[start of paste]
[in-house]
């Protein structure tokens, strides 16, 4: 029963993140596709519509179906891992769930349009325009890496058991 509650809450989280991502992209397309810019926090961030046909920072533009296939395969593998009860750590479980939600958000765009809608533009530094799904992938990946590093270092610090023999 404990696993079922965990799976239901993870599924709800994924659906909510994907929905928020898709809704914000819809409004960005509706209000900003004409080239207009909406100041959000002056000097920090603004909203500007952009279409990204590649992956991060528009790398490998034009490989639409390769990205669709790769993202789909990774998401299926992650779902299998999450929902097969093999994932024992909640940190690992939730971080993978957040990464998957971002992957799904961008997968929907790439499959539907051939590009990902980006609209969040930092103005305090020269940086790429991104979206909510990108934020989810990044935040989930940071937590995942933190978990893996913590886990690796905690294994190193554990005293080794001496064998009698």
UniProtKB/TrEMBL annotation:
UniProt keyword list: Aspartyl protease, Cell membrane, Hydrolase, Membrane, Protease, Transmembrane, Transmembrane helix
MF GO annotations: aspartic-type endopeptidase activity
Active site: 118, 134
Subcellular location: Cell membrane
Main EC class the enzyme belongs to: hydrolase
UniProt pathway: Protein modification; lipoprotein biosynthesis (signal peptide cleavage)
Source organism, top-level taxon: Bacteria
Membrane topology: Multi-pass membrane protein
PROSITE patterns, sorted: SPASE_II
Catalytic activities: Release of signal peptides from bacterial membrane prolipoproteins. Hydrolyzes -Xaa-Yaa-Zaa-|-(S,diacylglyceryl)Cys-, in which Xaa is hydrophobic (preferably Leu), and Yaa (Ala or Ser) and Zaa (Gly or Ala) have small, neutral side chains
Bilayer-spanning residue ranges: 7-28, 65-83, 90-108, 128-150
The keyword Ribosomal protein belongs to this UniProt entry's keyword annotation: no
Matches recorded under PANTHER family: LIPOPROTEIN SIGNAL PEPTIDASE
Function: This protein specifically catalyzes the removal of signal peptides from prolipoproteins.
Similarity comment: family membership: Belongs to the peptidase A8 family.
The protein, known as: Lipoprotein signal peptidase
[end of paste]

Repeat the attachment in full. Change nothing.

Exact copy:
[in-house]
């Protein structure tokens, strides 16, 4: 029963993140596709519509179906891992769930349009325009890496058991 509650809450989280991502992209397309810019926090961030046909920072533009296939395969593998009860750590479980939600958000765009809608533009530094799904992938990946590093270092610090023999 404990696993079922965990799976239901993870599924709800994924659906909510994907929905928020898709809704914000819809409004960005509706209000900003004409080239207009909406100041959000002056000097920090603004909203500007952009279409990204590649992956991060528009790398490998034009490989639409390769990205669709790769993202789909990774998401299926992650779902299998999450929902097969093999994932024992909640940190690992939730971080993978957040990464998957971002992957799904961008997968929907790439499959539907051939590009990902980006609209969040930092103005305090020269940086790429991104979206909510990108934020989810990044935040989930940071937590995942933190978990893996913590886990690796905690294994190193554990005293080794001496064998009698």
UniProtKB/TrEMBL annotation:
UniProt keyword list: Aspartyl protease, Cell membrane, Hydrolase, Membrane, Protease, Transmembrane, Transmembrane helix
MF GO annotations: aspartic-type endopeptidase activity
Active site: 118, 134
Subcellular location: Cell membrane
Main EC class the enzyme belongs to: hydrolase
UniProt pathway: Protein modification; lipoprotein biosynthesis (signal peptide cleavage)
Source organism, top-level taxon: Bacteria
Membrane topology: Multi-pass membrane protein
PROSITE patterns, sorted: SPASE_II
Catalytic activities: Release of signal peptides from bacterial membrane prolipoproteins. Hydrolyzes -Xaa-Yaa-Zaa-|-(S,diacylglyceryl)Cys-, in which Xaa is hydrophobic (preferably Leu), and Yaa (Ala or Ser) and Zaa (Gly or Ala) have small, neutral side chains
Bilayer-spanning residue ranges: 7-28, 65-83, 90-108, 128-150
The keyword Ribosomal protein belongs to this UniProt entry's keyword annotation: no
Matches recorded under PANTHER family: LIPOPROTEIN SIGNAL PEPTIDASE
Function: This protein specifically catalyzes the removal of signal peptides from prolipoproteins.
Similarity comment: family membership: Belongs to the peptidase A8 family.
The protein, known as: Lipoprotein signal peptidase